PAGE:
The design optimization problems could be classified in multiple ways. For instance we could distinguish them accordingly to:
Number of criteria:
Single-objective ( the problem that has just one criterion to be maximized or minimized; although the objective is just single, a multiple solutions could be found as the answers)
Multi-objective ( involves two or more objective functions; there is no single solution exists that simultaneously optimizes each objective to the multi-objective problem, there exists a number of Pareto optimal solutions (also called nondominated, Pareto optimal), if none of the objective functions can be improved in value without degrading some of the other objective value)
Or a number of design domains involved in the problem formulation:
Single -modal (just one design domain in the optimization problem e.g. structural optimization; a single modal problem could have both single or multi-criteria)
Multi-modal (a few design domains engaged in the optimization process e.g. at the same time the design is going to improves its structural and environmental performance)
We could distinguish more categories depending on the problem formulation itself, however specifying it in the architectural design might be a tricky task and Architectural Design problems are usually considered as the black box problems.
Methods: Dedicated vs Generic
Optimization techniques can be divided into two major groups: dedicated and generic methods.
Generic Methods – approaches that can be applied to any design problem which is formulated in the form of a function. With generic methods we can search for the input values that minimize or maximize this function, we can also search for such input values that the function attains some wanted value.
Dedicated Methods – these techniques are designed to solve some specific problems. For instance, the most of Discrete Surface Optimization techniques are dedicated. Another example are form finding approaches such as Dynamic Relaxation which aims to find the geometrical configuration where all the forces are in the equilibrium.
Generic Optimization Methods have the advantage that we, as the designers and decision makers, can design our own fitness functions according to what we would like to achieve. On the other hand, there are
generic, meaning that that they are able to solve the most of problems, but we have to sacrifice performance (Rutten 2014).
Dedicated and generic methods can be compared to two sorts of knives.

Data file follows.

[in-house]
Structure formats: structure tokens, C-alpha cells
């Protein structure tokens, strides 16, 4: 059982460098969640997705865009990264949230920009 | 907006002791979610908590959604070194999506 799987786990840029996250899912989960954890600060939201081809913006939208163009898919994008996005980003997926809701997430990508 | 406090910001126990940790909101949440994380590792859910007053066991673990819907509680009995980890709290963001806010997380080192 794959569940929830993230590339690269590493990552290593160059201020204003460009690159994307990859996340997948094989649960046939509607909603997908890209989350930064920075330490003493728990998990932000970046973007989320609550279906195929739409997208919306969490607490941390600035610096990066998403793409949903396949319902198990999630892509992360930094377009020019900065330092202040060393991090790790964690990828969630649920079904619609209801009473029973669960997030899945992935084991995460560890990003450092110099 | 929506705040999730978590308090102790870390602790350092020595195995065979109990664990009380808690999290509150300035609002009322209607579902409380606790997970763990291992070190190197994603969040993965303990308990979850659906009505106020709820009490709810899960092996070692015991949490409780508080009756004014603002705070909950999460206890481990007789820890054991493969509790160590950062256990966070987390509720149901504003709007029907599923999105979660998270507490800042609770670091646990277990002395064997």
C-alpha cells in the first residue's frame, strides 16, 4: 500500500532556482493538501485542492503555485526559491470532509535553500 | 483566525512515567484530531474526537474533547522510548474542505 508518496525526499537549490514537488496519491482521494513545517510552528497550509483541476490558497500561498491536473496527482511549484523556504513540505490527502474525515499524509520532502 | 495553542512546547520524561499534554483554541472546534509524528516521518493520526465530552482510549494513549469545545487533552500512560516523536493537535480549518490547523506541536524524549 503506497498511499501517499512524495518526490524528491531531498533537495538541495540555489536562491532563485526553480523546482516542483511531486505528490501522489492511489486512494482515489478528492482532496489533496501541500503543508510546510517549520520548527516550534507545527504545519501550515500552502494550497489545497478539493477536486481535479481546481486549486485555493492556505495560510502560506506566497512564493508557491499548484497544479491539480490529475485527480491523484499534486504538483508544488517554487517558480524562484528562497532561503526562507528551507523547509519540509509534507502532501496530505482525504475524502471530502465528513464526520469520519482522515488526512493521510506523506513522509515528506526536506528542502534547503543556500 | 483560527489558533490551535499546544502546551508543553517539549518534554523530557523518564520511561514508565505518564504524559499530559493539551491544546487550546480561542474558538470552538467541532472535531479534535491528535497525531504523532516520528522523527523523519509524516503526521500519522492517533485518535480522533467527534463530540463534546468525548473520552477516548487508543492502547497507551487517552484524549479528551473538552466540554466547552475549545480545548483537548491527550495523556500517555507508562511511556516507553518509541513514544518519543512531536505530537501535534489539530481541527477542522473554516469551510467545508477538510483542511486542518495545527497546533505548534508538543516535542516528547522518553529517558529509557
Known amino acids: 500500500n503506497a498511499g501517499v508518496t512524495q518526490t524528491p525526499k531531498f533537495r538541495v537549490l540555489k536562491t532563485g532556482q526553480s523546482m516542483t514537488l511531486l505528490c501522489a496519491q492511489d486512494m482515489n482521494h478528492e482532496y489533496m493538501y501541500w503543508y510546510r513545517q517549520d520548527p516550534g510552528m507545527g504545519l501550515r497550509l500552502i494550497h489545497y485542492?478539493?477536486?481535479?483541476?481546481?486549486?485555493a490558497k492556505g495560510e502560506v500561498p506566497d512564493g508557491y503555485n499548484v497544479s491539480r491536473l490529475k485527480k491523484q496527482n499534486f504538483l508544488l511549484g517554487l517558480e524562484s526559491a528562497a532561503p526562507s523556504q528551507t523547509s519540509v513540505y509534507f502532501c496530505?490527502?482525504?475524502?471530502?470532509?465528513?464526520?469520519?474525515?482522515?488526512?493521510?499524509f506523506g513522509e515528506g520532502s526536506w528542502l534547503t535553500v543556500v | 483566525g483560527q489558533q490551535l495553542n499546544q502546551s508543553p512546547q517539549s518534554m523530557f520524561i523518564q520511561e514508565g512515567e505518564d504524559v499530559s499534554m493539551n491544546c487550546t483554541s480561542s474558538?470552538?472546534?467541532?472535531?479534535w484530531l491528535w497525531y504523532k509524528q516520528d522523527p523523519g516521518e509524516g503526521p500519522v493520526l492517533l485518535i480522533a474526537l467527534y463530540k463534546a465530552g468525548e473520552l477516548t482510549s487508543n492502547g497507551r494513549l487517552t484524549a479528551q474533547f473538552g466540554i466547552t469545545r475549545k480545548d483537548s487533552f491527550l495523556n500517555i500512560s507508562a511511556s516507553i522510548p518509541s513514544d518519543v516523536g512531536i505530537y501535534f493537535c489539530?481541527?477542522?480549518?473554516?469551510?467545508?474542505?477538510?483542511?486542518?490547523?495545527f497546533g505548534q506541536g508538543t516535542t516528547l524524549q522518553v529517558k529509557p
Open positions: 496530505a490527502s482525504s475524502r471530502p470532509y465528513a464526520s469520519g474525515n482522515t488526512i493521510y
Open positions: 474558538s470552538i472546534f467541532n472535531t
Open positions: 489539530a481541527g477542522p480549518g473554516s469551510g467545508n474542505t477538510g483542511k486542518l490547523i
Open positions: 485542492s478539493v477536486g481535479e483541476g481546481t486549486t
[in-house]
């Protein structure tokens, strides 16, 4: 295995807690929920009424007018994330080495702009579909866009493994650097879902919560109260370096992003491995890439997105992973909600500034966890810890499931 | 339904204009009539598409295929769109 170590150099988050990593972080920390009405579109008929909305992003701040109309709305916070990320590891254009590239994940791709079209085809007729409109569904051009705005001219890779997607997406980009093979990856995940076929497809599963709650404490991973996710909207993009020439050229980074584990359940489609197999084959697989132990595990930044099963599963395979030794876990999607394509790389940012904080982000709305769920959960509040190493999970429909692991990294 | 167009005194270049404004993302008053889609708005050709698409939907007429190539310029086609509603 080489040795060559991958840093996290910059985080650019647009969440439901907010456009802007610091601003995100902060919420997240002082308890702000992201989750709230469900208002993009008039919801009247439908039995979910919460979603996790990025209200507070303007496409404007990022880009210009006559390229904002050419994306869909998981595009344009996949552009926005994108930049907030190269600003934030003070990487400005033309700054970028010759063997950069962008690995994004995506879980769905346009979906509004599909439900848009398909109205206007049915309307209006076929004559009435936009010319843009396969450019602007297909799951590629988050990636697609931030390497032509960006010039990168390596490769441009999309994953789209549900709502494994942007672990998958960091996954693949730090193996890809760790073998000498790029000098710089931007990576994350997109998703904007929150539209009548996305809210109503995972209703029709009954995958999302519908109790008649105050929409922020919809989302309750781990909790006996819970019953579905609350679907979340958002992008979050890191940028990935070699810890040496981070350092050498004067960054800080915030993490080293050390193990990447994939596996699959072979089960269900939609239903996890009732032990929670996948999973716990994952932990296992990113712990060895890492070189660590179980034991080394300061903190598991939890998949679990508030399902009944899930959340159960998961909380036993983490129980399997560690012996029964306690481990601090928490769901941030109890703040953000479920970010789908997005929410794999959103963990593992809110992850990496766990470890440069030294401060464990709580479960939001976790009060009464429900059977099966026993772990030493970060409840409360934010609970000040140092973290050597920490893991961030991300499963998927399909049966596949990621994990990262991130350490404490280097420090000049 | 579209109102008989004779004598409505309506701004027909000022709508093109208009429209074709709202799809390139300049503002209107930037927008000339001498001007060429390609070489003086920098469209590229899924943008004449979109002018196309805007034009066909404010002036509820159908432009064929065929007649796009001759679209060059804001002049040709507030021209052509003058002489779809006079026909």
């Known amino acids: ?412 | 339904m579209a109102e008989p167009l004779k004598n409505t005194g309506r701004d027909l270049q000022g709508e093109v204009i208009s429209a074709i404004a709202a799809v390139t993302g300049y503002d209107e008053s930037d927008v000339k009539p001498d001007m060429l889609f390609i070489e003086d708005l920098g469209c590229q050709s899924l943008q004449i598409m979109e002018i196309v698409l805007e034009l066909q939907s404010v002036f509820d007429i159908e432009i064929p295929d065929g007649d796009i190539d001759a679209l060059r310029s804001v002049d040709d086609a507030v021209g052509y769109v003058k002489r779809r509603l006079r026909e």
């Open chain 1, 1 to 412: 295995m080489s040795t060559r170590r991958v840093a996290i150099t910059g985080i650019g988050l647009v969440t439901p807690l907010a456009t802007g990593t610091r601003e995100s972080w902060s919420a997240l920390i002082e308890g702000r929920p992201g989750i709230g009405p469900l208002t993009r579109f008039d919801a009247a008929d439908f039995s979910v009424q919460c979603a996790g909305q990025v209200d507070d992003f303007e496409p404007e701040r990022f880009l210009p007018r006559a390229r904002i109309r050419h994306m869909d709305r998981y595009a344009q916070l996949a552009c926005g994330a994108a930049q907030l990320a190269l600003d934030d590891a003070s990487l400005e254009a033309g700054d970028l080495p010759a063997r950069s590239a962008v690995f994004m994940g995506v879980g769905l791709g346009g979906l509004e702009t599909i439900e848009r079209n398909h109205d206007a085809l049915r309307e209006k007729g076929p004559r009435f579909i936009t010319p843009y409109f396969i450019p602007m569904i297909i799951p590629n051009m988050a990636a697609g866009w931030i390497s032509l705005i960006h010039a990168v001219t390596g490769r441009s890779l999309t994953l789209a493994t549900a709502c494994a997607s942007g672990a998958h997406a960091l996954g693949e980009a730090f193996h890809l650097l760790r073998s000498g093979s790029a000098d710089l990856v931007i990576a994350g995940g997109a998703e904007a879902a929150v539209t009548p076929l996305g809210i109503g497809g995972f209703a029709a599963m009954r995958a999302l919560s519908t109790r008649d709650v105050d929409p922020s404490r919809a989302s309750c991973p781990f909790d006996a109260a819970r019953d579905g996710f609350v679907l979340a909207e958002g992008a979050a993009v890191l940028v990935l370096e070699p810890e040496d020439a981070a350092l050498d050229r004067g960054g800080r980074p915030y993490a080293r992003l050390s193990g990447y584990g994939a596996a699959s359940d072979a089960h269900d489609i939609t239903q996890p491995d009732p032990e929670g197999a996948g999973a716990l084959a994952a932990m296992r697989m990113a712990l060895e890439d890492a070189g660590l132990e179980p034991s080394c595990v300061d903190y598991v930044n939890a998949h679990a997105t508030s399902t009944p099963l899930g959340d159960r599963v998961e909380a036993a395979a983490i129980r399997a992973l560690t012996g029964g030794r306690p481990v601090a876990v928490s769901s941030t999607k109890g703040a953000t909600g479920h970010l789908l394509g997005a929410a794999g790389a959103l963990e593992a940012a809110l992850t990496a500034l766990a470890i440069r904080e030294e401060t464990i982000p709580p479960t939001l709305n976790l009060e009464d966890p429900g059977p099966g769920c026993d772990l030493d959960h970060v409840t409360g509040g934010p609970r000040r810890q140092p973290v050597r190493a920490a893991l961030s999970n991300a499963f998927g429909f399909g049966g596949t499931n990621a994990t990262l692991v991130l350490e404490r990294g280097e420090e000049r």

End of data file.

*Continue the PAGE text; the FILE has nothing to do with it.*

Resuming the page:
like with the set of knives, obviously it is going to take longer time than with the dedicated tool.
None of these categories dominates the other one. Depending on available time and on the characteristics of a problem we use either generic or dedicated methods, or a combination of both.
What do we use?
We have developed our in-house generic solver based on Swarm Intelligence that can solve multicriteria and multi-domain problems. The developed by us tool is a generic type and could handle most of the problems that could be encountered in the practice. In order to present the results of the multi-criteria optimization process we create Digital Catalogues of design solutions with the Pareto Front solutions. The clients could assess them and compare the parameters for each solutions themselves, use the catalogue as the communication media with other parties engaged in the design process.
However at the moment we are developing a set of dedicated optimization tools that aim at the Incrementation of the Return On Investment. They are going to be soon available on our website and are going to be wrapped up as a stand-alone, web-based tool package.
Cichocka, J. M. et al. (2017) ‘SILVEREYE – the implementation of Particle Swarm Optimization algorithm in a design optimization tool .’, In: Çağdaş G., Özkar M., Gül L., Gürer E. (eds) Computer-Aided Architectural Design. Future Trajectories. CAADFutures 2017. Communications in Computer and Information Science, vol 724. Springer, Singapore
Cichocka, J. M. and Musikhina, E. A. (2014) ‘METHODS OF OPTIMIZATION IN ARCHITECTURE’, Research Journal of International Studies, 3, pp. 109–111.
Rutten, D. (2014) ‘Navigating Multi-Dimensional Landscapes in Foggy Weather as an Analogy for Generic Problem Solving’, 16th International Conference on Geometry and Graphics.